Month: January 2006
The NetBSD quarterly report (that seems to cover a half instead of a quarter; July – December 2005) is out. It covers their new logo, their new releases, new developers and ports, etc. Also, DragonFly’s adoption of pkgsrc is mentioned, along with the fact that Joerg Sonnenberger is more or less responsible for over 3,000 of the successful pkgsrc builds on DragonFly.
The fourth quarter Status Report for FreeBSD is out. Among other items of interest, the report contains links to two recent presentations at EuroBSDCon: New Networking Features in FreeBSD 6.0 and Optimizing the FreeBSD IP and TCP Stack (both links are PDF files). Also, OpenBSD’s dhclient has replaced ISC’s dhclient, and efforts to port DragonFly’s variant symlinks.
For entertainment value, there’s also the FreeBSD/XBox port, which is close to having network support. There’s now a FreeBSD list of available work for volunteers; there’s a number of DragonFly items on there.
Update: PDF links fixed, thanks to Joe “Floid” Kanowitz.
From recent discussion on the users@ mailing list: pkg_chk is a known method for upgrading pkgsrc packages; the problem with it is that it removes existing packages, builds the new versions, then installs them. It has problems; this leaves a system without software for the length of the build time, and if a build dependency fails, the previously installed software is not restored. There are other solutions. There’s pkgmanager, or using a jail/chroot environment to build binary packages and then install using those, which the not-yet-ported pkg_comp can help with.
Csaba Henk wrote up a detailed explanation of his patch for cache coherency; it’s a good, highly technical read on the various issues involved.
informit.com has the typical BSD overview article: BSD: The Other Free UNIX Family. (Seen on hubertf’s site) Shadow Development has an article about FreeBSD as a desktop; topical after this previously-linked DragonFly review. There’s some interesting material about the Intel Macs on there, too. (From BSDnewsletter.com, via Liam Foy’s BSD Portal.
Also: this is the 1,501st post on this blog! I am curious to see how this volume stacks up to the other BSD sites out there…
I’m adding DragonFly BSD Digest JP over to the links – a site that does what I do here, but in Japanese.
Matthew Dillon has posted his second parallel routing patch; there’s still some issues, listed in his post along with a link to the patch.
Freshports.org is changing servers, so it may be intermittently unavailable over the next few days.
mod_php, in pkgsrc, is the package ap-php. If you install the binary version, Apache 1.3 is the dependency it tries to load. This can be a problem if you are alreay running Apache 2.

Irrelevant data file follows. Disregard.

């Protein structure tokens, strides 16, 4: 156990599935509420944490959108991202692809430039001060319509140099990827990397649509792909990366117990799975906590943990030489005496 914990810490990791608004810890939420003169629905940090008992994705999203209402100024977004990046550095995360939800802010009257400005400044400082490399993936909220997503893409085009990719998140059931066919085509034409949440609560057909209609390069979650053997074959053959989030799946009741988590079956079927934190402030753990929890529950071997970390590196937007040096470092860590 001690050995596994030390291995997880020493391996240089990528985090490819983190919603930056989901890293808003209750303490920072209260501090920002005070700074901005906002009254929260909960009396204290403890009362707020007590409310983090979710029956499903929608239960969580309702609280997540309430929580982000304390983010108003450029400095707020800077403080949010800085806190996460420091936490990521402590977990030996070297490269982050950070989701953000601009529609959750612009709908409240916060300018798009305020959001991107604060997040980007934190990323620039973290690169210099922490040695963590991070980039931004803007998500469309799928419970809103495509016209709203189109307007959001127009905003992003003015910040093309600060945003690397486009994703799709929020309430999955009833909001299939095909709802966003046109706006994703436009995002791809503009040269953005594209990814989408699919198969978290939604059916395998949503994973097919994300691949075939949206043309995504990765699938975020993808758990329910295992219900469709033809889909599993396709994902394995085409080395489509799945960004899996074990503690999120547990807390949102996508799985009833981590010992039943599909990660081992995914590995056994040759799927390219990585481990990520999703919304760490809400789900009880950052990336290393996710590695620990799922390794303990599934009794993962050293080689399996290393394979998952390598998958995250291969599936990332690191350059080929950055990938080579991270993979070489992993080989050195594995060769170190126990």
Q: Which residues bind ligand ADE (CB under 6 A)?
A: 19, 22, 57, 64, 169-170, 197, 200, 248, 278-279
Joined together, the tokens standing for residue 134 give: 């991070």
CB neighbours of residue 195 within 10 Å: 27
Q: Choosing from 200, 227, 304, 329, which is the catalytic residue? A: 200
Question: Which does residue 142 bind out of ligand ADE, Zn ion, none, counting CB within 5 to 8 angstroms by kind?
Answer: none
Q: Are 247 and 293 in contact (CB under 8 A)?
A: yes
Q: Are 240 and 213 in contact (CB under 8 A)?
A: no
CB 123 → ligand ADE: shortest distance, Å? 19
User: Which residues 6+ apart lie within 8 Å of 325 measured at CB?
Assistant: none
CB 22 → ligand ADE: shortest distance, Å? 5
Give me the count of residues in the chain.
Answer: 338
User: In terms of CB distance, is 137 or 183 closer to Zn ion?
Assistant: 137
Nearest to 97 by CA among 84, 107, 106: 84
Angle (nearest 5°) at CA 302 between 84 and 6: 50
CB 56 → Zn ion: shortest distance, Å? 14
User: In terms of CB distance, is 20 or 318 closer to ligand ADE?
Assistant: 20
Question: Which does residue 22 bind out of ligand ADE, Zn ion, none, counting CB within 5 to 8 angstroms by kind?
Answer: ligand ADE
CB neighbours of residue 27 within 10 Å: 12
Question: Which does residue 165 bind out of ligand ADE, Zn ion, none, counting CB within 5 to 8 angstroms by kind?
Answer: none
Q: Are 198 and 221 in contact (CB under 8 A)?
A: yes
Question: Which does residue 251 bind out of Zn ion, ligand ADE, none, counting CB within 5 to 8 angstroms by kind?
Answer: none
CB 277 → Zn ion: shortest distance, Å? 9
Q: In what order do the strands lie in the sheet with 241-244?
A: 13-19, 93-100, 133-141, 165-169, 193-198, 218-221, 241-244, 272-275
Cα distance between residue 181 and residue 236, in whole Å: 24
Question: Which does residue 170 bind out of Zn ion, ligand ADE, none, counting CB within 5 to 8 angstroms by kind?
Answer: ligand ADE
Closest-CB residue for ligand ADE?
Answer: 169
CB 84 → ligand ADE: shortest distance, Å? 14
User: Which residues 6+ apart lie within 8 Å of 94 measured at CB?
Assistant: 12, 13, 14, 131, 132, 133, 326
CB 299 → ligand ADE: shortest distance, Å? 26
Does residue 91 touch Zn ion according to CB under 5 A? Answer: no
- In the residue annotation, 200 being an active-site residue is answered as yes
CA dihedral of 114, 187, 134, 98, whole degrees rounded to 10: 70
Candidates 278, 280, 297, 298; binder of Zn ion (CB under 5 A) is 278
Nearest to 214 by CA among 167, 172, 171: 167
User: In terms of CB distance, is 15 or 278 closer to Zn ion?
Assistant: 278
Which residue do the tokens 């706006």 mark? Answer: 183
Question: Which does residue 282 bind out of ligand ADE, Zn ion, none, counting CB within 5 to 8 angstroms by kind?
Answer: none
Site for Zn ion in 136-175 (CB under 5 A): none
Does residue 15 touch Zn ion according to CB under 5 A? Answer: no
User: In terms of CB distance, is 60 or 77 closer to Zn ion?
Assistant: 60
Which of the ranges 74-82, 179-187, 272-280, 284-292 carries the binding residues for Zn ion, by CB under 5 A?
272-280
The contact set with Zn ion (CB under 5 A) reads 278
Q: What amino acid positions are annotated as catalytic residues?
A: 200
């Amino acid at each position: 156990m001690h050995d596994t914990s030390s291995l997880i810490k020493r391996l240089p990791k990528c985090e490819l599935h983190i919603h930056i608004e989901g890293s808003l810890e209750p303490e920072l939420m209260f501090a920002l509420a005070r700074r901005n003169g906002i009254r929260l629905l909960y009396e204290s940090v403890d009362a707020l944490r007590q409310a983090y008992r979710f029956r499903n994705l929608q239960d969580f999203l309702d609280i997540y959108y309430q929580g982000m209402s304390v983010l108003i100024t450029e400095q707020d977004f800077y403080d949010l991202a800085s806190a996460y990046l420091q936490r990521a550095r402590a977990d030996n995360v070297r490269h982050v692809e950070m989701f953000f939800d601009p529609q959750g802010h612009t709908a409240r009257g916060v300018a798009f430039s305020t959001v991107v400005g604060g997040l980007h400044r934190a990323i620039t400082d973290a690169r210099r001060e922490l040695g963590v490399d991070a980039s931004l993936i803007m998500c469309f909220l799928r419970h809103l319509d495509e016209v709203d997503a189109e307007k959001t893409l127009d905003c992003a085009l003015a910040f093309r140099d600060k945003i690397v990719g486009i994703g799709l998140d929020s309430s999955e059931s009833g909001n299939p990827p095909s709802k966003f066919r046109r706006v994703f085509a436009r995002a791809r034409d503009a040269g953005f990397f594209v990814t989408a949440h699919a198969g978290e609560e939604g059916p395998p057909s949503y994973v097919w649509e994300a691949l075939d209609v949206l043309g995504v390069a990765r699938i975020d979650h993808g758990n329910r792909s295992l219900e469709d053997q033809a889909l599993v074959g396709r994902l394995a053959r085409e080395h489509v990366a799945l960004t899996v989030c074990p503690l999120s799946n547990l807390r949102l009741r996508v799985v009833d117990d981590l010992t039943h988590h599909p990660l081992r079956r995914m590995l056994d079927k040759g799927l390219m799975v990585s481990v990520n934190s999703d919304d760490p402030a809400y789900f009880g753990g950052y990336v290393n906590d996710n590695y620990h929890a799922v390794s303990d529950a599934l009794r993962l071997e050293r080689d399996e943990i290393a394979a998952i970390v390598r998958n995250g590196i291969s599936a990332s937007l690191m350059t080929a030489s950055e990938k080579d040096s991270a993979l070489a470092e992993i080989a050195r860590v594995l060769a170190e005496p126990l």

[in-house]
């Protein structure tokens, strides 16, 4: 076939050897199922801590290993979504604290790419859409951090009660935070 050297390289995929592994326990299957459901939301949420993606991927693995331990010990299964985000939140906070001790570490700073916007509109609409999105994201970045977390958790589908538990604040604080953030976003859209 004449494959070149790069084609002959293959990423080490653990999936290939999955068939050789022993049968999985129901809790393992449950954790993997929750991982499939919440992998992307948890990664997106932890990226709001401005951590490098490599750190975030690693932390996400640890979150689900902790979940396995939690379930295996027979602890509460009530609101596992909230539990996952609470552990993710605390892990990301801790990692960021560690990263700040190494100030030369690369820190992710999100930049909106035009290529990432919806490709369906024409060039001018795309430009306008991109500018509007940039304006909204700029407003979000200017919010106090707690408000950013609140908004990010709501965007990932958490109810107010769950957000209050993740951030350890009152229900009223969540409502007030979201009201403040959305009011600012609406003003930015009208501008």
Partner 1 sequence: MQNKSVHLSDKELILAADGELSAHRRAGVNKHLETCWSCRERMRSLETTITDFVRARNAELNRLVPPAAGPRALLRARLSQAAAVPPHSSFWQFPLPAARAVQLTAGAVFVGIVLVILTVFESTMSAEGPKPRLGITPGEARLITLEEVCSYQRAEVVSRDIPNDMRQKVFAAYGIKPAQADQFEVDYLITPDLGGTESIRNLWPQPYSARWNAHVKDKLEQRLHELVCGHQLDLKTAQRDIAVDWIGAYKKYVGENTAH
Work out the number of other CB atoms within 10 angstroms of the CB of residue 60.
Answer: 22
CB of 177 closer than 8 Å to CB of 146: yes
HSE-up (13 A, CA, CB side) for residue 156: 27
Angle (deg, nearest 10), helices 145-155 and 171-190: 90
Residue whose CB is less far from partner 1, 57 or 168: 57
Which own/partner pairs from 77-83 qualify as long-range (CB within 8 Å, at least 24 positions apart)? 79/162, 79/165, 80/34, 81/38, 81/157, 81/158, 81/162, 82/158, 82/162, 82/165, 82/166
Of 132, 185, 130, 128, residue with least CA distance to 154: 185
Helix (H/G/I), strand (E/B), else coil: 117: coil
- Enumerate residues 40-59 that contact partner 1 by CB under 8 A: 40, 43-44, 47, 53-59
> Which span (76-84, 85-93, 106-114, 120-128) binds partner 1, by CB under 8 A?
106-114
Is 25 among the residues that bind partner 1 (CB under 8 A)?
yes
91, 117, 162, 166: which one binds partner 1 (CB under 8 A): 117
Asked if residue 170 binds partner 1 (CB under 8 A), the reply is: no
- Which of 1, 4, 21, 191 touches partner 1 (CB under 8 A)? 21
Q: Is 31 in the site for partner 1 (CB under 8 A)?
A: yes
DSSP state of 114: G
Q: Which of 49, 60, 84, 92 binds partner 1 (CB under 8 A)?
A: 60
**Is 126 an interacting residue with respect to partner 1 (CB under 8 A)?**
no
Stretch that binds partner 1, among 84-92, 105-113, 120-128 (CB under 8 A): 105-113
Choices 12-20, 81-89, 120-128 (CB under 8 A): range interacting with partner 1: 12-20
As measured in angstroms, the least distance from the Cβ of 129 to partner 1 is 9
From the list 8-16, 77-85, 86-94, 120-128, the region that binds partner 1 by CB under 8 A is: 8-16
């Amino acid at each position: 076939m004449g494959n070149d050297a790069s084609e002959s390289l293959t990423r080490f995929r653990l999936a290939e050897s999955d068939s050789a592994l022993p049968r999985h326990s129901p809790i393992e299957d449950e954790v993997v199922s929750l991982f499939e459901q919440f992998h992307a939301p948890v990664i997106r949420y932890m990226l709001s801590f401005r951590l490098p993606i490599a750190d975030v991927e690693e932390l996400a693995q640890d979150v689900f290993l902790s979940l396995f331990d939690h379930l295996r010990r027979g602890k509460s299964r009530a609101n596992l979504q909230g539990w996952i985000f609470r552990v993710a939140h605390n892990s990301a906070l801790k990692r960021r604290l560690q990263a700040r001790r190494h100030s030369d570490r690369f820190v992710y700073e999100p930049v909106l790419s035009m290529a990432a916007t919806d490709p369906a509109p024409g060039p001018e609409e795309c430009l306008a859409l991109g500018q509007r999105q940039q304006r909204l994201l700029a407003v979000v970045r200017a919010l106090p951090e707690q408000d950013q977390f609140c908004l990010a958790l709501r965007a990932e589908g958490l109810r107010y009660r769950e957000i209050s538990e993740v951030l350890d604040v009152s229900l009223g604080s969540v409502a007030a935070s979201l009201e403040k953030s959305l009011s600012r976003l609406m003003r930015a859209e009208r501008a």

The ap-php package works with Apache 2 – it has to be built from source, however. Joerg Sonnenberger has more details.
There’s an ongoing debate about this on the pkgsrc tech-pkg list, too.
Matthew Dillon’s posted the first patch for parallelizing the route table. People who don’t mind mangling their network connection are encouraged to give it a try.
UnixReview.com this week has a book review of Real Digital Forensics: Computer Security and Incident Response, and a book review of Book Review: Open Sources 2.0: The Continuing Evolution – good for those who got religion.
This is a test, to ensure I didn’t mangle the database connectivity. Ignore me.
Garance Drosihn wrote up a little summary about the oft-revisited subject of: why isn’t there something easier to build than CVSup?
At Daniel Sturm’s suggestion, I’ve put a link for the DragonFly BSD Frappr group over on the side of the page.
While we’re on the topic of papers, BSDCan 2006 is happening at the University of Ottowa, May 12-13th, and any proposals for a paper are due January 19th.
Joseph Garcia noticed that the newaliases command is apparently not run as part of a new DragonFly 1.4 install.
The USENIX 06 Technical Conference, held May 30th to June 3rd, has a call for papers out – due by the 17th!
Joerg Sonnenberger found a slight problem with linking to gettext, which only can happen when building a pkgsrc package from source; binary users are unaffected. Details and a link to a workaround are in his message.
shiningsilence.com moved from ports to pkgsrc, and rebuilding everything took some work – the website was down for a short while while removing/restoring apache, and search/comments have been broken on the site while moving from /usr/local/bin/perl to /usr/pkg/bin/perl. Everything seems OK now…
The vnodes discussion has morphed into a conversation about kernel memory, and how it is allocated.
In a conversation about having lots of RAM, Matthew Dillon described the relationship of vnodes to memory, and how you rarely want to change it.
If you, like me, track the RELEASE versions of DragonFly, you’ll be moving from version 1.2 to 1.4 in one jump. There’s a few extra upgrade steps to accomodate the drastic underlying changes between 1.2 and 1.4, and I’ve documented them in the src/UPDATING file.